Employers directing staff to work from home has proven to be a popular way to manage the risk of work-related Covid-19 transmission, and it is likely that this will continue to be a popular style of working for the foreseeable future. However, it is important that employers remember that their obligations to staff remain the same, even when working remotely.

Definition of “workplace”

“Workplace” is defined broadly under the Health and Safety at Work Act 2015 (Act) to include any place where work is being carried out. It even goes as far to include an aircraft, ship or any waters.

This means that the thousands of workers turning kitchen tables and spare bedrooms into temporary offices are in fact still working in a “workplace”, and employers still owe a duty of care to ensure that their staff are healthy and safe while working.

For employers in industries who cannot easily have staff working from home, other measures may need to be considered, such as splitting the workforce into separate bubbles and separate shifts. This could also require that temporary changes be made to rosters and hours of work.

Eliminate risks to health and safety in the workplace “as far as reasonably practical”

At the core of the Act is the requirement for all parties to eliminate risks to health and safety, as far as is reasonably practicable. Risks that cannot be eliminated must also be reduced.

In light of that, employers should consider certain steps when they have staff working from home, such as asking staff to complete a work station checklist at home. Employers should usually also have a working from home policy in place. A policy should include, for example, that the employee agrees to take regular breaks and to keep work related information and data secure, and that employees will be expected to return to the workplace when required.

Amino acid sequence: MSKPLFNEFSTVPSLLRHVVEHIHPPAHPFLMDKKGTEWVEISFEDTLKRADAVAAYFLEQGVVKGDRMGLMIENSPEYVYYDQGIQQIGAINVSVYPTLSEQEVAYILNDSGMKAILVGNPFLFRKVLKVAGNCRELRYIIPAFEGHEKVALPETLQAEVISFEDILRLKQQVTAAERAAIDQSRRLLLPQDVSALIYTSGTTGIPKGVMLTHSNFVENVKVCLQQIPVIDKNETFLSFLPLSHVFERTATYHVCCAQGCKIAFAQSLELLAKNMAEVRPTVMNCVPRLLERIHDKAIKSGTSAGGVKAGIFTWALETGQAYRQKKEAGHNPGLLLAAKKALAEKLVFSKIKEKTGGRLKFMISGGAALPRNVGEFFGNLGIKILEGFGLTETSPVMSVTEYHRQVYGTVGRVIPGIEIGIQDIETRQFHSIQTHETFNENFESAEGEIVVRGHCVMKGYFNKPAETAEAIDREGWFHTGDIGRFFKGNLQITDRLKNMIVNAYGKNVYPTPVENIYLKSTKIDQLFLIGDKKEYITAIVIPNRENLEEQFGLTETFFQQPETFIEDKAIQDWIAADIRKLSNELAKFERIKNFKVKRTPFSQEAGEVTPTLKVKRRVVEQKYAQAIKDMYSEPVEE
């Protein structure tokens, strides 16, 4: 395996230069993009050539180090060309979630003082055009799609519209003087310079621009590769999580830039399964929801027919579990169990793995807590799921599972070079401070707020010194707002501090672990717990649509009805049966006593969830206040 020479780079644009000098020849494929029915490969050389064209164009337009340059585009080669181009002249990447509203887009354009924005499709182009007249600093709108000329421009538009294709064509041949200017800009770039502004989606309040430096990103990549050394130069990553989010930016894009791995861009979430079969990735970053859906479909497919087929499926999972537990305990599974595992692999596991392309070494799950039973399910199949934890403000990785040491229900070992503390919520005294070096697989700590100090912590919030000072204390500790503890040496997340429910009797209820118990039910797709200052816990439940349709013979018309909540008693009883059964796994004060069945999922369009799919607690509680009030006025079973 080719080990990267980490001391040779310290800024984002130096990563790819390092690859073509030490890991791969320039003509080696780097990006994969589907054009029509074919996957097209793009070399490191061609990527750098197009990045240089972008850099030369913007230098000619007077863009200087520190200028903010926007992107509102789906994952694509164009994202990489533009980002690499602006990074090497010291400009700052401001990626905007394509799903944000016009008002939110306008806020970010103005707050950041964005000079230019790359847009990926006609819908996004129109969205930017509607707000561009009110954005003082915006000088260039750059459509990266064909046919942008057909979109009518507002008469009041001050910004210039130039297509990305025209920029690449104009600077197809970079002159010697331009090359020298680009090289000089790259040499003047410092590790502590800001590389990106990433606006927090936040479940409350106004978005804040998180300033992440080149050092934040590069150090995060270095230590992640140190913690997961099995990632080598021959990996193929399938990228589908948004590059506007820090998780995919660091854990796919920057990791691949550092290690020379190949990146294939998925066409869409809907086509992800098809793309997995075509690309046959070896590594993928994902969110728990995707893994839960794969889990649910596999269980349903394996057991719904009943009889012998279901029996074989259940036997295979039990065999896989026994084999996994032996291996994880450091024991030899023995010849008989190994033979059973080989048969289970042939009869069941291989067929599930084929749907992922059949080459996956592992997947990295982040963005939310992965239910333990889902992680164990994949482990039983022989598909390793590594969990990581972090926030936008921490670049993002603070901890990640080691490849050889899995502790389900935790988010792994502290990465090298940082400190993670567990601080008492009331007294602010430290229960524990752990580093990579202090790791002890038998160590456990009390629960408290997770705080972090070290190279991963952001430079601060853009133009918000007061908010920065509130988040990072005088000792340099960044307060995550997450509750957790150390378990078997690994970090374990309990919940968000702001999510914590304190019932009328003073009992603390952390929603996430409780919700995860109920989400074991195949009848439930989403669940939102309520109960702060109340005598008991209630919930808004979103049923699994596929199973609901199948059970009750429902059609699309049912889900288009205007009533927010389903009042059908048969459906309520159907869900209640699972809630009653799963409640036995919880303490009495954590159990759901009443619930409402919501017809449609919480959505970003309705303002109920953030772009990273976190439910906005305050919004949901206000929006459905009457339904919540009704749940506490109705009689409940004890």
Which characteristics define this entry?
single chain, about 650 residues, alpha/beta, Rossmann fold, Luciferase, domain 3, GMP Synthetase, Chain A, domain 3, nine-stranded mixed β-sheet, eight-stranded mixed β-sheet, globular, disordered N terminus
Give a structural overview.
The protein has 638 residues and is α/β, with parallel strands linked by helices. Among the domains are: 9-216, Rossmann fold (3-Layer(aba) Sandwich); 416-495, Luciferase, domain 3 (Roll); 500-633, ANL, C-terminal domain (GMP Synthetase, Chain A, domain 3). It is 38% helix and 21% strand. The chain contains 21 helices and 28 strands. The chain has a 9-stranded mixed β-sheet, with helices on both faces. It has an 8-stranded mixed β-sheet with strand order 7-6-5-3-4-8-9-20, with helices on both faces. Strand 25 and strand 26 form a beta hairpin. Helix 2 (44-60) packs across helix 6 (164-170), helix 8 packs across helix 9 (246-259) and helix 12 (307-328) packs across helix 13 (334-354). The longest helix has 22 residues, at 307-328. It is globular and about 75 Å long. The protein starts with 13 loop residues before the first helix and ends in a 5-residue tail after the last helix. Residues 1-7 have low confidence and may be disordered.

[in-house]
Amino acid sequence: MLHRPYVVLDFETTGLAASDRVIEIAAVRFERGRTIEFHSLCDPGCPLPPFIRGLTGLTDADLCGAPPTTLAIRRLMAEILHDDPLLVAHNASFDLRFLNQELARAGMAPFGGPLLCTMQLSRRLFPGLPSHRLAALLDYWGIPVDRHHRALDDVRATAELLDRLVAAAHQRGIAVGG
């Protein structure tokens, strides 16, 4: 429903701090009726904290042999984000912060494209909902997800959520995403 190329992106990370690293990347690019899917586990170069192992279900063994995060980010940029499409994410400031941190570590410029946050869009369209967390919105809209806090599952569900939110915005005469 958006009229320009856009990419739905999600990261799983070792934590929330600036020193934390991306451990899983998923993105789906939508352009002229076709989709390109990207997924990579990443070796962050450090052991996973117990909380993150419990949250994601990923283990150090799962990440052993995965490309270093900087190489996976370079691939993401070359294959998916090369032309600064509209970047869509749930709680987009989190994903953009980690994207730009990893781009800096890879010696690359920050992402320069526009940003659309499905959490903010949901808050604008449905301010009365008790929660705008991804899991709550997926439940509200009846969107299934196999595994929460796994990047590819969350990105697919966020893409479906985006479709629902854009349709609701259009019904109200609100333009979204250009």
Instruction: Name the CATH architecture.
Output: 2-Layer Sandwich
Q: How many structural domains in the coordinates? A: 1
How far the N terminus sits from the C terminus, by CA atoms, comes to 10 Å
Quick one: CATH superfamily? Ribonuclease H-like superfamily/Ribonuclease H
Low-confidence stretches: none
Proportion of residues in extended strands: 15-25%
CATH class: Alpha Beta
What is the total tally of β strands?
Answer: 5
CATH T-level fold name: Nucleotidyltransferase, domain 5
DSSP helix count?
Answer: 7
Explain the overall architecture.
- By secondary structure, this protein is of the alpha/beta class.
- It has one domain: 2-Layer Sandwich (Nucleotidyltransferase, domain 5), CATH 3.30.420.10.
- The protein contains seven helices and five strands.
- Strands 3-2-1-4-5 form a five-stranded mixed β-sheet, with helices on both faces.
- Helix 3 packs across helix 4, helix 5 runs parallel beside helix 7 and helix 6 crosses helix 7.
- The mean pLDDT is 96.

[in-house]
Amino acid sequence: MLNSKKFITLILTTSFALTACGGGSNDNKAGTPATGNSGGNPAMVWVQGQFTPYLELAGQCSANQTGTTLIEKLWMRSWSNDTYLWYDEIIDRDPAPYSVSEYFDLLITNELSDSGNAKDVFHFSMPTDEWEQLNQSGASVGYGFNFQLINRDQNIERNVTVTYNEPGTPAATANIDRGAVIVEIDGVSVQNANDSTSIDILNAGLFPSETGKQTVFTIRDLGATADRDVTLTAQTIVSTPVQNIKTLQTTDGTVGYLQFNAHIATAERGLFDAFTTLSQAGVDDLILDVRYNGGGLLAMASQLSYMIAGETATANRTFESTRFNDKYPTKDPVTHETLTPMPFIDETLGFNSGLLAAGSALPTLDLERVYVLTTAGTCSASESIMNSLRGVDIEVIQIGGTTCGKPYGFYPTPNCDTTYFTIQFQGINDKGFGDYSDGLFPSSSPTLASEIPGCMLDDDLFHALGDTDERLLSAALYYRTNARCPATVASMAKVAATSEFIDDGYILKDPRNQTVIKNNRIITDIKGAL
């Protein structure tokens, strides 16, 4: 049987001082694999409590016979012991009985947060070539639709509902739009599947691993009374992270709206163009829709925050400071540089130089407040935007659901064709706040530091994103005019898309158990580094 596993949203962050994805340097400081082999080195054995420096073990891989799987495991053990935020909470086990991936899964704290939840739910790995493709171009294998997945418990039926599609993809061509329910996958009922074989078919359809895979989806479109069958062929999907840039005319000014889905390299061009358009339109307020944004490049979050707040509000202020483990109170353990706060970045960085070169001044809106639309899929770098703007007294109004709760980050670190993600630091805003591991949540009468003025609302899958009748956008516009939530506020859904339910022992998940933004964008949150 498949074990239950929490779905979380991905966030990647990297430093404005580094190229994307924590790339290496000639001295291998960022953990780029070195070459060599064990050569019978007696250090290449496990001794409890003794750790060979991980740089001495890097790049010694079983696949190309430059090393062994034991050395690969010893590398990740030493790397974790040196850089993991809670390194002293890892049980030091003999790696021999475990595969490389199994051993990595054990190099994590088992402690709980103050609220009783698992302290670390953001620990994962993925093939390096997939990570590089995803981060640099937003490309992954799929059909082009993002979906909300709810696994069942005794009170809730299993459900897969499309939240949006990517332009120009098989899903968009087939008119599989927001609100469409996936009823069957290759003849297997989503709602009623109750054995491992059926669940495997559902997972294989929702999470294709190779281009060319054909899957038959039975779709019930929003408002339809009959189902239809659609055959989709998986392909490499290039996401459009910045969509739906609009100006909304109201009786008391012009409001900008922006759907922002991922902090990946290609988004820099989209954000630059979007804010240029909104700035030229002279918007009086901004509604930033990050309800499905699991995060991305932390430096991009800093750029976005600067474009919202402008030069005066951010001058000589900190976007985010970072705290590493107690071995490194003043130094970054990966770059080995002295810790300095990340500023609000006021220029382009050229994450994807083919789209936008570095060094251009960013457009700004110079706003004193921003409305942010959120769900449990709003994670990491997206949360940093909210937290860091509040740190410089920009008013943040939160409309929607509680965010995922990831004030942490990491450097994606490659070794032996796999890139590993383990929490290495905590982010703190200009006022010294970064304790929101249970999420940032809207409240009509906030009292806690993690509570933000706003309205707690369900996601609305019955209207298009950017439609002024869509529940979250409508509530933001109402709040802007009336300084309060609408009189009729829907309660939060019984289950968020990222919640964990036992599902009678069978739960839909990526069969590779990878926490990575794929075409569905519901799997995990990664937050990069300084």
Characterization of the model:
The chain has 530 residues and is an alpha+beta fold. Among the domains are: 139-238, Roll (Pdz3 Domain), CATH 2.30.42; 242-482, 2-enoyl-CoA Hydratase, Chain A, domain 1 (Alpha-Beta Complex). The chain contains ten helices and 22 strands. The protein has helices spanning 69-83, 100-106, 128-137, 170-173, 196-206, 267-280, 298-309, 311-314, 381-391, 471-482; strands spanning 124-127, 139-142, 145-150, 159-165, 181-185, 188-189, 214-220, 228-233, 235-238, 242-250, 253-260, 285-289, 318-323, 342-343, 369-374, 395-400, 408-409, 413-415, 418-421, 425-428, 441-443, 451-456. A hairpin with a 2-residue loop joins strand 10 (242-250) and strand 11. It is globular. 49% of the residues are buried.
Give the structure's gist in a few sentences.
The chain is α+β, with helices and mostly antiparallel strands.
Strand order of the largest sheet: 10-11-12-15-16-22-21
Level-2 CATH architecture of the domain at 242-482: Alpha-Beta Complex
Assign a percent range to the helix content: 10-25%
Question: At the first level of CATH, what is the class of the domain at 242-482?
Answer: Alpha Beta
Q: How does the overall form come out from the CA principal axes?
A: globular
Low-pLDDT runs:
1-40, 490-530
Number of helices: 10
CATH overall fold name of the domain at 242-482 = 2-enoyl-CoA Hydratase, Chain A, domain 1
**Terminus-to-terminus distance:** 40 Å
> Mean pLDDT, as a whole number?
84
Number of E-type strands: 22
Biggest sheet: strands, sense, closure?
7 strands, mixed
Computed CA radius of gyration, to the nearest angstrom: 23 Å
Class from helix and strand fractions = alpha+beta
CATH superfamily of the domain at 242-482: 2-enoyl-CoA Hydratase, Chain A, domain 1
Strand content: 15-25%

Who pays?

While there is no express law on this, employers must ensure that staff have the ability to work from home. That may extend to providing staff with proper equipment and utilities in some circumstances, where reasonable. For example, if an employee already has unlimited internet at their house, asking the employer for a contribution may be unreasonable. However, if an employee is paying extra money for internet purely so they can work from home, then an employer may want to consider making a reasonable contribution.

At the end of the day, it will depend on each employees’ circumstances and the role that they hold. Best practice is that employers and employees work together to find a fair and reasonable middle ground.

Employers have had a couple of years to understand the challenges and obstacles of Covid-19 and to find out what works best for them. However, with the Government’s recent change in approach and its regularly changing guidelines, we understand that it can be difficult for businesses to know what is the right thing to do. Our employment team are here to support employers and employees during this time.

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